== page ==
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monsanto papers. thank you very much for inviting me to be here today as a journalist for some 30 years now. i'm someone who has spent most of my life focusing on facts pursuing the truth. i spent roughly 20 of those 30 years delving into the dealings of monsanto. and i can confidently tell you that the story of the company's top selling chemical life to say is not one of truth. but one of deceit is sort of a treasure trove. and look inside a very big and powerful company that has been very secretive for decades. and a lot of the information is quite alarming when it comes to public health and safety associated with the use of their popular product license 8 and round it. another way in which montana has manipulated regulators and the public is by establishing networks of scientists around the world to support its agenda. and it's message about the safety of the chemical, monsanto and, or the monsanto back like to say task force,
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pays them the lobby regulators. they author papers, essentially, to push this message that the chemical is safe. there are many individuals and there are many types of different relationships that we've seen in these documents . you can see here that professor david kirkland is one such paid, expert montana was relied on in the in 2012. my son was very worried about gina toxicity questions arising from black to say, research, when it engaged, kirkland, monsanto needed someone to help counter these concerns that were persisting. what bill hayden's wrote in the email, i think i was just naive and it clearly did not lead to any policy decision. we all have decades of experience in the
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industry, and therefore we have reputations to maintain. and that means that there is no point in us being responding to the influence of one stakeholder over another because those reputations wouldn't be destroyed. i can say absolutely. and categorically, categorically this paper was not ghost written. we all import our own sections to the paper. there was no input involvement or influence of the review by monsanto . thinking care. well, it seems apparent. monsanto actually fears real independent, authentic science, montana said itself, it feared the i r f review when it found in in 2014. this is before i sat down before the classification. monsanto says it fears this. it says internally that it knew it had zone ability and epidemiology toxicology. dino togs muslim officials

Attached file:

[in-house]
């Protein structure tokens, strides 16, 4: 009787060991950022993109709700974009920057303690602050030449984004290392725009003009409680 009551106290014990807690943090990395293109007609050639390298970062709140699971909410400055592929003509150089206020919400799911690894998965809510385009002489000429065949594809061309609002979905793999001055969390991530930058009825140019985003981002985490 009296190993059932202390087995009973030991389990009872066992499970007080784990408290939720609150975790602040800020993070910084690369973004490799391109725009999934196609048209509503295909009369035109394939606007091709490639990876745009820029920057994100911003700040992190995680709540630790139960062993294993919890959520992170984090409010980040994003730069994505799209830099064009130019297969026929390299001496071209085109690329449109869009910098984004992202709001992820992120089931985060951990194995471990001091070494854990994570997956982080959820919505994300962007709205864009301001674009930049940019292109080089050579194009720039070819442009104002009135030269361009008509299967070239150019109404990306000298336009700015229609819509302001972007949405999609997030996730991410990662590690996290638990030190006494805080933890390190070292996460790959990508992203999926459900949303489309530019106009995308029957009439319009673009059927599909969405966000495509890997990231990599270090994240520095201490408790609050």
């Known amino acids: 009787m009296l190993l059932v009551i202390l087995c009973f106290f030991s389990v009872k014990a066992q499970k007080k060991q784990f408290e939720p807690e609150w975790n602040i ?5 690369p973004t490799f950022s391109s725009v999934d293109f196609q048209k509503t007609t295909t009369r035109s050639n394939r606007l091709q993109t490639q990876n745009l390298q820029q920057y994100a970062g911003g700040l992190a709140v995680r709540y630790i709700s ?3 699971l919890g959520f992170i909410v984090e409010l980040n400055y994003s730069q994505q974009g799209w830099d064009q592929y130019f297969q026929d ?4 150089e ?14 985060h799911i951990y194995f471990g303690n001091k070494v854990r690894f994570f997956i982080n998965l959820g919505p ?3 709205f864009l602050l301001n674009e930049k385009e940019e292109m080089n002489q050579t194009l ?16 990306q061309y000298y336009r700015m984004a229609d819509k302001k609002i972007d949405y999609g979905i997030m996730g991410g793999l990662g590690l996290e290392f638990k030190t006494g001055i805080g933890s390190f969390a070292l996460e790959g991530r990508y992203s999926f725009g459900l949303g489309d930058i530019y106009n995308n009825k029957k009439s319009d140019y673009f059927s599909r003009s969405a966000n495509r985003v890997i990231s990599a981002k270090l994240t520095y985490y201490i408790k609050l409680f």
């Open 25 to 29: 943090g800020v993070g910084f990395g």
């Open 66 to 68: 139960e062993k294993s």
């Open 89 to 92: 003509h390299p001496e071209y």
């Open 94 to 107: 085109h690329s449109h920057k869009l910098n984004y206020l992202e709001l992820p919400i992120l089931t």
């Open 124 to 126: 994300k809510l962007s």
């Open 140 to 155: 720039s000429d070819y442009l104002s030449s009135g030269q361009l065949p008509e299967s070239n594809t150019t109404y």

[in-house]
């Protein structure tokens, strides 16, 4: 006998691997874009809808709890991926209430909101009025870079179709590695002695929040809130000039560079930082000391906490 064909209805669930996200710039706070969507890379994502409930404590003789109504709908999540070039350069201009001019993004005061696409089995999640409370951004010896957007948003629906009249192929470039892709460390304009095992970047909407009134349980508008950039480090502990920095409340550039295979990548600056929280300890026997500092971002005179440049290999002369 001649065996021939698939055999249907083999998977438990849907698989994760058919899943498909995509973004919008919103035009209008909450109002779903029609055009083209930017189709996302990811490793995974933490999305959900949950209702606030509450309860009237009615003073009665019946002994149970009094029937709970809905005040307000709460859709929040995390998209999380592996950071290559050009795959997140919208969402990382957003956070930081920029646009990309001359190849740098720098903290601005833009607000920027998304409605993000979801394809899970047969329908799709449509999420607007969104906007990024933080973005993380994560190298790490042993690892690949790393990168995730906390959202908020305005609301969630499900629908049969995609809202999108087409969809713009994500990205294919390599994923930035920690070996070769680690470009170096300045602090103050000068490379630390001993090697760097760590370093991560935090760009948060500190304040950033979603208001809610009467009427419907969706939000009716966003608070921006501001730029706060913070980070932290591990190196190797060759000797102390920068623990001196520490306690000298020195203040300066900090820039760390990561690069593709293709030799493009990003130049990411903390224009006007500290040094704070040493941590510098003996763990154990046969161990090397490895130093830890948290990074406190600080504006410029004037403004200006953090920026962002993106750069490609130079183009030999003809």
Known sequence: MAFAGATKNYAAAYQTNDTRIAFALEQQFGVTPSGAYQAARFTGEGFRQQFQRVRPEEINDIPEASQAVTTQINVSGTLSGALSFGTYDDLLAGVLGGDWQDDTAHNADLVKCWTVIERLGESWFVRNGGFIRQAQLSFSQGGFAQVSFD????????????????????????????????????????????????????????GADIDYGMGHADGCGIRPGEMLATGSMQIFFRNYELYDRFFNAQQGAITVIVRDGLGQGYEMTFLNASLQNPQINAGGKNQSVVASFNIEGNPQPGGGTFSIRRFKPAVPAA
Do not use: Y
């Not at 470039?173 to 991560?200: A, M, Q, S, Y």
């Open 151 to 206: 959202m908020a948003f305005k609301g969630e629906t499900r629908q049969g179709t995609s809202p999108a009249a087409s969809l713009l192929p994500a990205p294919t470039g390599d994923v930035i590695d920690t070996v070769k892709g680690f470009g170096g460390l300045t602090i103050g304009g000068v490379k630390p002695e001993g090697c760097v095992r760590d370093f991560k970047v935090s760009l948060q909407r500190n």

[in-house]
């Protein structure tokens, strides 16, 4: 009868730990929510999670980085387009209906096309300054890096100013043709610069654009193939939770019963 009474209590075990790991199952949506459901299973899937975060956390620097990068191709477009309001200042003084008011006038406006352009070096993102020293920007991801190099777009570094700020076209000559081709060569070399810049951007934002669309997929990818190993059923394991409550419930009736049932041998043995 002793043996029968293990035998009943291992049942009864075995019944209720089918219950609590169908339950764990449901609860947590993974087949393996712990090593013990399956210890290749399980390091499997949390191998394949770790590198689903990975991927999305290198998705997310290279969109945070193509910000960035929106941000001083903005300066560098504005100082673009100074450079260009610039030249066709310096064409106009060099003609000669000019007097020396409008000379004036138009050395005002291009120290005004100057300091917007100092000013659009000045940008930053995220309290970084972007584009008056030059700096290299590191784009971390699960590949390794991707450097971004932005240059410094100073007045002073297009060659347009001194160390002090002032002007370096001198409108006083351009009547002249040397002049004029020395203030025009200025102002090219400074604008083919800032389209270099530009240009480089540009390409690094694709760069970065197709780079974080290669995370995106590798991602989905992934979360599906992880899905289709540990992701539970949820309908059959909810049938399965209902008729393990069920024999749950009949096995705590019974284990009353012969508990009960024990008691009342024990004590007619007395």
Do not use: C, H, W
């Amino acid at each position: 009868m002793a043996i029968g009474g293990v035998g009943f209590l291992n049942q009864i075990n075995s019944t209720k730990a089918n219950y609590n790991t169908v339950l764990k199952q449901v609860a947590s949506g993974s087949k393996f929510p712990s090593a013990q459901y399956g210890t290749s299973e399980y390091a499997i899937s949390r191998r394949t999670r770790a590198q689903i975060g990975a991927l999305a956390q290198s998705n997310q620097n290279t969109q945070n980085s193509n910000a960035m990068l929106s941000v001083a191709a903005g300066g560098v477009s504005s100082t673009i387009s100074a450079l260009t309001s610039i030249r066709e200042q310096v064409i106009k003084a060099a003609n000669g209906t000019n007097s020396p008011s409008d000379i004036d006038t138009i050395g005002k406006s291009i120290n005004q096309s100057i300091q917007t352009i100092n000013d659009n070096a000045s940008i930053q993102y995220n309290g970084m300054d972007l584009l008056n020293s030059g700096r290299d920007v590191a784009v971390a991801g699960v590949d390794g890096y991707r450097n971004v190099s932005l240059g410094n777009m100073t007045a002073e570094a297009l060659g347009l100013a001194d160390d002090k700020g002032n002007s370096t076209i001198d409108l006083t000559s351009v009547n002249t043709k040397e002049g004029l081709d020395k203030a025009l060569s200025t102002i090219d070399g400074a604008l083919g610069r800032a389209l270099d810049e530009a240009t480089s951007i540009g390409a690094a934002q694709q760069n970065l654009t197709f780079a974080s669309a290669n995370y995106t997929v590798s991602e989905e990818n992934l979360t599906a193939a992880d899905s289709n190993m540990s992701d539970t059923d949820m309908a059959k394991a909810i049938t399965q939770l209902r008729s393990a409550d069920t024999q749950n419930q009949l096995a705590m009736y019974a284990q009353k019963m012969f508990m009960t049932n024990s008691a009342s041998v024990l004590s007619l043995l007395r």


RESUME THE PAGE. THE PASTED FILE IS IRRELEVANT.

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even predicted the glad to say would warrant a possible or probable rating with respect to ethan ecker. know s as a process is defined as a peer review and i understand that and that i don't have a problem with that peer review problem in this case, is that not was, was done. nobody went back and verified the findings on the original studies. and by failing to verify those findings, it cascaded through the entire review process, such that you don't have the answer which is based on the best science. i think that is important to mention that we are doing the proper independent assessment according with the resources that we have enough. so according to the regulation that focus on the use of the active settings and based on that we generate the risk assessment regarding the independence from industry is clearing the legislation. i will say the say is the basic principle,
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the company that wants to market something the you must pay for the assessment. so this by these are conducted by industry. there is no doubt. the current process is scientifically flawed. it is time to have an independent panel of scientists to evaluate the way in which the science is reviewed. there's a need for the regulatory agencies to re analyze the data. and there is a need to publicly publicly release all of the analyses and data to improve the transparency of this process. these are not the actions of a company that has nothing to hide. this is not how you promote a product. this is, that's actually proven safe. this is how you whitewash unfortunate and unprofitable facts. this is not by accident, but by design. and it serves monsanto very well, but it does not seem that it serves the public interest. thank you. the monsanto prepared certain documents for the registration and the s a report if
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you look at it has taken directly certain language from the monsanto documents and just placed it in the report. so there's a lot of concern about whether f there really did an independent analysis or whether they just took the position to be against or at my samples request. so that is not an independent assessment. how can we therefore expect that on the basis of such robust science and i'm quoting industry, we can make a decision. politicians in the you can make a decision to protect that people. that if somebody you know has said hello to the industry at some stage in his life, that should not mean that that particular scientists should be banned from a panel. or research has been funded somewhere by someone. many of the scientists that have a lot of them have now left the organization and their science panels because they have been accused of having worked with the industry. but within plan. does that